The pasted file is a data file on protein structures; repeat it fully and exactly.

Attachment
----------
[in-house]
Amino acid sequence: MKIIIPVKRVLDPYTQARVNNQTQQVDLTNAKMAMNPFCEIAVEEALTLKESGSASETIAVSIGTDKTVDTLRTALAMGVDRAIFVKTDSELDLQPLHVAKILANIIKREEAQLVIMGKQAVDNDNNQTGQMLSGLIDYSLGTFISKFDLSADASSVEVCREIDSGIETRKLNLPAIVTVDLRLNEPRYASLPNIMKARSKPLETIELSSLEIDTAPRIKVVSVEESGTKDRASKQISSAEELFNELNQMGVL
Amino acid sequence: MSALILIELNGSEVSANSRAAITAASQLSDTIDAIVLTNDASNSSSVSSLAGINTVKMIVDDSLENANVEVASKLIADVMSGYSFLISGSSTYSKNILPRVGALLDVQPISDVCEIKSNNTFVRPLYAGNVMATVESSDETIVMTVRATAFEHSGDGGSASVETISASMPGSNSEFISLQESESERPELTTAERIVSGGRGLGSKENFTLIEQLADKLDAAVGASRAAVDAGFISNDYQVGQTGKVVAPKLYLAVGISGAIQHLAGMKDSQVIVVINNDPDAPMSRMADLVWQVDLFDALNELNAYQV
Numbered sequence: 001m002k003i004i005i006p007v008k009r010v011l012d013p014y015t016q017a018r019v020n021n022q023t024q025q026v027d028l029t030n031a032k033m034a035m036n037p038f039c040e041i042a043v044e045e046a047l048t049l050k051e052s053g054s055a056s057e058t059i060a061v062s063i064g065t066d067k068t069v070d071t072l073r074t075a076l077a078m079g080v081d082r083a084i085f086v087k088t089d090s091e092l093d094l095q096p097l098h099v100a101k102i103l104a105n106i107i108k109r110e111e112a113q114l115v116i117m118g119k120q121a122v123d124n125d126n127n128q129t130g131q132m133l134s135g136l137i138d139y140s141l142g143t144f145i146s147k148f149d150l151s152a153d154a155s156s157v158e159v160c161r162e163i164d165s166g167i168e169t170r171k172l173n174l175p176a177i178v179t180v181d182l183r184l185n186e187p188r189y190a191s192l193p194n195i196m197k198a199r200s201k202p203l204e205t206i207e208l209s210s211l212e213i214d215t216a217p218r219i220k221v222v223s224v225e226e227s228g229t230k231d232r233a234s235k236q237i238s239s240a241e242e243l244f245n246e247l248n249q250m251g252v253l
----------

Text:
[in-house]
Amino acid sequence: MKIIIPVKRVLDPYTQARVNNQTQQVDLTNAKMAMNPFCEIAVEEALTLKESGSASETIAVSIGTDKTVDTLRTALAMGVDRAIFVKTDSELDLQPLHVAKILANIIKREEAQLVIMGKQAVDNDNNQTGQMLSGLIDYSLGTFISKFDLSADASSVEVCREIDSGIETRKLNLPAIVTVDLRLNEPRYASLPNIMKARSKPLETIELSSLEIDTAPRIKVVSVEESGTKDRASKQISSAEELFNELNQMGVL
Amino acid sequence: MSALILIELNGSEVSANSRAAITAASQLSDTIDAIVLTNDASNSSSVSSLAGINTVKMIVDDSLENANVEVASKLIADVMSGYSFLISGSSTYSKNILPRVGALLDVQPISDVCEIKSNNTFVRPLYAGNVMATVESSDETIVMTVRATAFEHSGDGGSASVETISASMPGSNSEFISLQESESERPELTTAERIVSGGRGLGSKENFTLIEQLADKLDAAVGASRAAVDAGFISNDYQVGQTGKVVAPKLYLAVGISGAIQHLAGMKDSQVIVVINNDPDAPMSRMADLVWQVDLFDALNELNAYQV
Numbered sequence: 001m002k003i004i005i006p007v008k009r010v011l012d013p014y015t016q017a018r019v020n021n022q023t024q025q026v027d028l029t030n031a032k033m034a035m036n037p038f039c040e041i042a043v044e045e046a047l048t049l050k051e052s053g054s055a056s057e058t059i060a061v062s063i064g065t066d067k068t069v070d071t072l073r074t075a076l077a078m079g080v081d082r083a084i085f086v087k088t089d090s091e092l093d094l095q096p097l098h099v100a101k102i103l104a105n106i107i108k109r110e111e112a113q114l115v116i117m118g119k120q121a122v123d124n125d126n127n128q129t130g131q132m133l134s135g136l137i138d139y140s141l142g143t144f145i146s147k148f149d150l151s152a153d154a155s156s157v158e159v160c161r162e163i164d165s166g167i168e169t170r171k172l173n174l175p176a177i178v179t180v181d182l183r184l185n186e187p188r189y190a191s192l193p194n195i196m197k198a199r200s201k202p203l204e205t206i207e208l209s210s211l212e213i214d215t216a217p218r219i220k221v222v223s224v225e226e227s228g229t230k231d232r233a234s235k236q237i238s239s240a241e242e243l244f245n246e247l248n249q250m251g252v253l